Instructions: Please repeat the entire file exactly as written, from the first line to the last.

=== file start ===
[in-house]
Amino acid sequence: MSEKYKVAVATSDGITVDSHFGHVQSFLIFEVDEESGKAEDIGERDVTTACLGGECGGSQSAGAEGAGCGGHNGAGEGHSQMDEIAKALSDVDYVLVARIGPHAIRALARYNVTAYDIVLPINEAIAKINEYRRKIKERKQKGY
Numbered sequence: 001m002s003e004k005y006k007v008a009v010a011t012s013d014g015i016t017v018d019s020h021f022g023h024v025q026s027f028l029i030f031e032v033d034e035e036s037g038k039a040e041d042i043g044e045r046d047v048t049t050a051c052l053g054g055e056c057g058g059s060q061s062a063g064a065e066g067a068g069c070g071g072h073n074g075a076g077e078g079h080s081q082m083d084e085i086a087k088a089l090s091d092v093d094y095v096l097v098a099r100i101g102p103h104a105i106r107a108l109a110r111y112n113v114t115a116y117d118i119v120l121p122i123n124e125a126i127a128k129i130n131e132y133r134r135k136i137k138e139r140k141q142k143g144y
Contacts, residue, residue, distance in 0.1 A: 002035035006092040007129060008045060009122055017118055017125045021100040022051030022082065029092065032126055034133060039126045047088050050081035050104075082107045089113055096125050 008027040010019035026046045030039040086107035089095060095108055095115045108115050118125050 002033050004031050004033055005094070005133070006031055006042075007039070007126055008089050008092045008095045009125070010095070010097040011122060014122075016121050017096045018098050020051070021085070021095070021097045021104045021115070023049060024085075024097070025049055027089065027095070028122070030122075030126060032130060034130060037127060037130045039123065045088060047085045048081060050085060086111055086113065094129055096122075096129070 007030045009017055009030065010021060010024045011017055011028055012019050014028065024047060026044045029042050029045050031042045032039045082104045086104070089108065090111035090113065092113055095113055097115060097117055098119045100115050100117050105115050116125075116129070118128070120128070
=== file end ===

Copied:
[in-house]
Amino acid sequence: MSEKYKVAVATSDGITVDSHFGHVQSFLIFEVDEESGKAEDIGERDVTTACLGGECGGSQSAGAEGAGCGGHNGAGEGHSQMDEIAKALSDVDYVLVARIGPHAIRALARYNVTAYDIVLPINEAIAKINEYRRKIKERKQKGY
Numbered sequence: 001m002s003e004k005y006k007v008a009v010a011t012s013d014g015i016t017v018d019s020h021f022g023h024v025q026s027f028l029i030f031e032v033d034e035e036s037g038k039a040e041d042i043g044e045r046d047v048t049t050a051c052l053g054g055e056c057g058g059s060q061s062a063g064a065e066g067a068g069c070g071g072h073n074g075a076g077e078g079h080s081q082m083d084e085i086a087k088a089l090s091d092v093d094y095v096l097v098a099r100i101g102p103h104a105i106r107a108l109a110r111y112n113v114t115a116y117d118i119v120l121p122i123n124e125a126i127a128k129i130n131e132y133r134r135k136i137k138e139r140k141q142k143g144y
Contacts, residue, residue, distance in 0.1 A: 002035035006092040007129060008045060009122055017118055017125045021100040022051030022082065029092065032126055034133060039126045047088050050081035050104075082107045089113055096125050 008027040010019035026046045030039040086107035089095060095108055095115045108115050118125050 002033050004031050004033055005094070005133070006031055006042075007039070007126055008089050008092045008095045009125070010095070010097040011122060014122075016121050017096045018098050020051070021085070021095070021097045021104045021115070023049060024085075024097070025049055027089065027095070028122070030122075030126060032130060034130060037127060037130045039123065045088060047085045048081060050085060086111055086113065094129055096122075096129070 007030045009017055009030065010021060010024045011017055011028055012019050014028065024047060026044045029042050029045050031042045032039045082104045086104070089108065090111035090113065092113055095113055097115060097117055098119045100115050100117050105115050116125075116129070118128070120128070